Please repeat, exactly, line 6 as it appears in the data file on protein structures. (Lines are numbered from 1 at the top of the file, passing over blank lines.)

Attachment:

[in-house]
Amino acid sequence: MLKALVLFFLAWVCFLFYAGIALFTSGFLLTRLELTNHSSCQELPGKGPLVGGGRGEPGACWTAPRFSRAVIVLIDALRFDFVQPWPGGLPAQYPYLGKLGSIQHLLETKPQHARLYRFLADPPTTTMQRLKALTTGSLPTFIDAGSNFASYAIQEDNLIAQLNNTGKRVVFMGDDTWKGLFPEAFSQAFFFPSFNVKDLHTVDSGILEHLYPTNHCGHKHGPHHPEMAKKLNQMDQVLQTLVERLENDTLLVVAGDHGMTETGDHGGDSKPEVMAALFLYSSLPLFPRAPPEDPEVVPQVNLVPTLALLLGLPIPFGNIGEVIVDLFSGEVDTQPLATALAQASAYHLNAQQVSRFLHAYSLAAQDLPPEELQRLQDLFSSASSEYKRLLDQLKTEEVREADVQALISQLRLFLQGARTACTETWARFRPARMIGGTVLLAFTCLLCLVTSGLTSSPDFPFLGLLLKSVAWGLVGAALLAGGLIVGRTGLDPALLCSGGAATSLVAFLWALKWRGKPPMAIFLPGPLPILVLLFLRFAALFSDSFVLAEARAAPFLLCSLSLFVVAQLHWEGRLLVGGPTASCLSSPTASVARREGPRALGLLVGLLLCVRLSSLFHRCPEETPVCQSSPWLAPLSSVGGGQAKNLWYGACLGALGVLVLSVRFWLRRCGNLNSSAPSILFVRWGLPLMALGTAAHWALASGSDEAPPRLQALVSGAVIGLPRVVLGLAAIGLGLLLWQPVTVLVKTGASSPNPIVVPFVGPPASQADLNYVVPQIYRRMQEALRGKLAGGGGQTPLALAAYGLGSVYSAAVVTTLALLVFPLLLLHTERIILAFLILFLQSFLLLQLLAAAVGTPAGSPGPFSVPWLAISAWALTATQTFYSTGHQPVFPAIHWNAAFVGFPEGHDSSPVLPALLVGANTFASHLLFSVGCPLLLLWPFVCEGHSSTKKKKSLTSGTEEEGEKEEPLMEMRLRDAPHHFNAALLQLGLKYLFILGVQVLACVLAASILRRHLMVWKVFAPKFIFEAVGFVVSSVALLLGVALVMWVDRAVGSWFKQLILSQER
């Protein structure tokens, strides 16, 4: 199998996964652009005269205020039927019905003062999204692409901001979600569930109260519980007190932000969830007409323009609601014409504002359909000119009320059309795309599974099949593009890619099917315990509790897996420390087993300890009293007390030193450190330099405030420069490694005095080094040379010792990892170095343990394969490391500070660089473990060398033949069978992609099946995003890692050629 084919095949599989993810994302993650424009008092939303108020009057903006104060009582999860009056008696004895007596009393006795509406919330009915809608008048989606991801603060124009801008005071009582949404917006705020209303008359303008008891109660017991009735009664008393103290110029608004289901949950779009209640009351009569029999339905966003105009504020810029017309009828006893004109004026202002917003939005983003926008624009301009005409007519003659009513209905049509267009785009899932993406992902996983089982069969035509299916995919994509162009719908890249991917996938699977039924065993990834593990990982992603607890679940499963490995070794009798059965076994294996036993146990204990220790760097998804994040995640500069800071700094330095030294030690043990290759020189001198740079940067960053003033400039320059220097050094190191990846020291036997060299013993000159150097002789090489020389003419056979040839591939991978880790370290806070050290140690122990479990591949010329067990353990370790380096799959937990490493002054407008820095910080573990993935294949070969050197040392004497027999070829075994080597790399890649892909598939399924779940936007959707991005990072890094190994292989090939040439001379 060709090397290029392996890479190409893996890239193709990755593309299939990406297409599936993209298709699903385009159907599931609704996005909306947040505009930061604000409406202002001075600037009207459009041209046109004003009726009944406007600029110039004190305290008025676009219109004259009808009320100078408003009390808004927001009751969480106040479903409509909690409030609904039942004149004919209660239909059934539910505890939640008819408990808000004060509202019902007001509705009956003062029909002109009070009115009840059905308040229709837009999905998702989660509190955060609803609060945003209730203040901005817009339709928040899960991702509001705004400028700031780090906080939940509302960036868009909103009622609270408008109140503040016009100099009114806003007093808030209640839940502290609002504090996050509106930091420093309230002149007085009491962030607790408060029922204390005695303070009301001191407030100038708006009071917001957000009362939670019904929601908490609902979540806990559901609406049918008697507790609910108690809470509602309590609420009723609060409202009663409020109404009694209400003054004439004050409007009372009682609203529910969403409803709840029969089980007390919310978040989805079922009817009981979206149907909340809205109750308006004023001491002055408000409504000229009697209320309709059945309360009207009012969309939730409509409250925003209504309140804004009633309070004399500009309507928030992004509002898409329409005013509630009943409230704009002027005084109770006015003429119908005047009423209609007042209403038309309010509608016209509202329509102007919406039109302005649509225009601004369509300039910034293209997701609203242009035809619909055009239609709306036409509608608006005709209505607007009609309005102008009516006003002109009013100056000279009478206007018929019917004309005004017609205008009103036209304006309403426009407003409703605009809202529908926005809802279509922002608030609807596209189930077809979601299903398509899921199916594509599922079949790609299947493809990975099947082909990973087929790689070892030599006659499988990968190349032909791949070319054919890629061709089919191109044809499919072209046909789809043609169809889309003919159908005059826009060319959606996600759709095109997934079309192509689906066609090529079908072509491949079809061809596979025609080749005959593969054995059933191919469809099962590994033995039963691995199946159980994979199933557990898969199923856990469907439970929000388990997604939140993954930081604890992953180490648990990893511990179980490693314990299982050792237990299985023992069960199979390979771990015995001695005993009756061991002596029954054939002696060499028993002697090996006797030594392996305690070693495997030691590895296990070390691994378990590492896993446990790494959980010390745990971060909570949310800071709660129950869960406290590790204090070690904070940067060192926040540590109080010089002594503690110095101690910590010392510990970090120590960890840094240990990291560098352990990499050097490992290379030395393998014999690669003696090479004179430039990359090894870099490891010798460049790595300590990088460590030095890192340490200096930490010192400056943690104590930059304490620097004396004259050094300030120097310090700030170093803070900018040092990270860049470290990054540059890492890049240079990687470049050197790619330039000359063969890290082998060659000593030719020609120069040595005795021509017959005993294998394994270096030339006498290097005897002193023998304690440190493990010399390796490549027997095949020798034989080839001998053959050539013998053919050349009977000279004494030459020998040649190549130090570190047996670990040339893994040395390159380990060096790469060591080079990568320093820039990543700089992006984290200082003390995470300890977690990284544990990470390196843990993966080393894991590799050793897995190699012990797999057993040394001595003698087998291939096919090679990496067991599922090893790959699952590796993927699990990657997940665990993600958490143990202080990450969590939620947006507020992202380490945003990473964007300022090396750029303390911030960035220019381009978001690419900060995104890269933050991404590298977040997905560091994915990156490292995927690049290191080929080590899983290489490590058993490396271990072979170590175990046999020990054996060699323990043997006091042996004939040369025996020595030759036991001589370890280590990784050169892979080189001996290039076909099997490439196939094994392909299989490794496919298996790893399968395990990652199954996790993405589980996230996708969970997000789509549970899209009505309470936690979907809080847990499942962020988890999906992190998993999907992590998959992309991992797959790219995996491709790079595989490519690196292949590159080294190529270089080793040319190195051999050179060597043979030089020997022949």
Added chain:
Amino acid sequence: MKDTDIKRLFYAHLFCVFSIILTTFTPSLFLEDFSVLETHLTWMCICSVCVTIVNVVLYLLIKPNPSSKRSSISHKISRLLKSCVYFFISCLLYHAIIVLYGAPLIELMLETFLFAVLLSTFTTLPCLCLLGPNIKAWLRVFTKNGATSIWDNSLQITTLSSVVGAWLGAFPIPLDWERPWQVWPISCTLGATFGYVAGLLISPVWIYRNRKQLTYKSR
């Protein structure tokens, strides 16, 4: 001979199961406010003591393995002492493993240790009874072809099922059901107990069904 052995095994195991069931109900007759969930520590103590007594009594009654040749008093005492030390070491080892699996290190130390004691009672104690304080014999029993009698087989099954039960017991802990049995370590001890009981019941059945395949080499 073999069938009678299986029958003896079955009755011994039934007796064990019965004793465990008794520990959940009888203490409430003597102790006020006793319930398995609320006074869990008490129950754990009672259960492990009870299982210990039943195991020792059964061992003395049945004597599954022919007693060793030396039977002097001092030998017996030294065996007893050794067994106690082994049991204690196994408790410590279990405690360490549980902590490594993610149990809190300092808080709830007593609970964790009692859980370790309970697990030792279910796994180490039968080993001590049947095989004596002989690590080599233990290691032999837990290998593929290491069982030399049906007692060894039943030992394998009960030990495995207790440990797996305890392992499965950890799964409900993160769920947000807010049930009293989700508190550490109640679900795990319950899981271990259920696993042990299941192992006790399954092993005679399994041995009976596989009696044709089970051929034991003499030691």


């Protein structure tokens, strides 16, 4: 001979199961406010003591393995002492493993240790009874072809099922059901107990069904 052995095994195991069931109900007759969930520590103590007594009594009654040749008093005492030390070491080892699996290190130390004691009672104690304080014999029993009698087989099954039960017991802990049995370590001890009981019941059945395949080499 073999069938009678299986029958003896079955009755011994039934007796064990019965004793465990008794520990959940009888203490409430003597102790006020006793319930398995609320006074869990008490129950754990009672259960492990009870299982210990039943195991020792059964061992003395049945004597599954022919007693060793030396039977002097001092030998017996030294065996007893050794067994106690082994049991204690196994408790410590279990405690360490549980902590490594993610149990809190300092808080709830007593609970964790009692859980370790309970697990030792279910796994180490039968080993001590049947095989004596002989690590080599233990290691032999837990290998593929290491069982030399049906007692060894039943030992394998009960030990495995207790440990797996305890392992499965950890799964409900993160769920947000807010049930009293989700508190550490109640679900795990319950899981271990259920696993042990299941192992006790399954092993005679399994041995009976596989009696044709089970051929034991003499030691």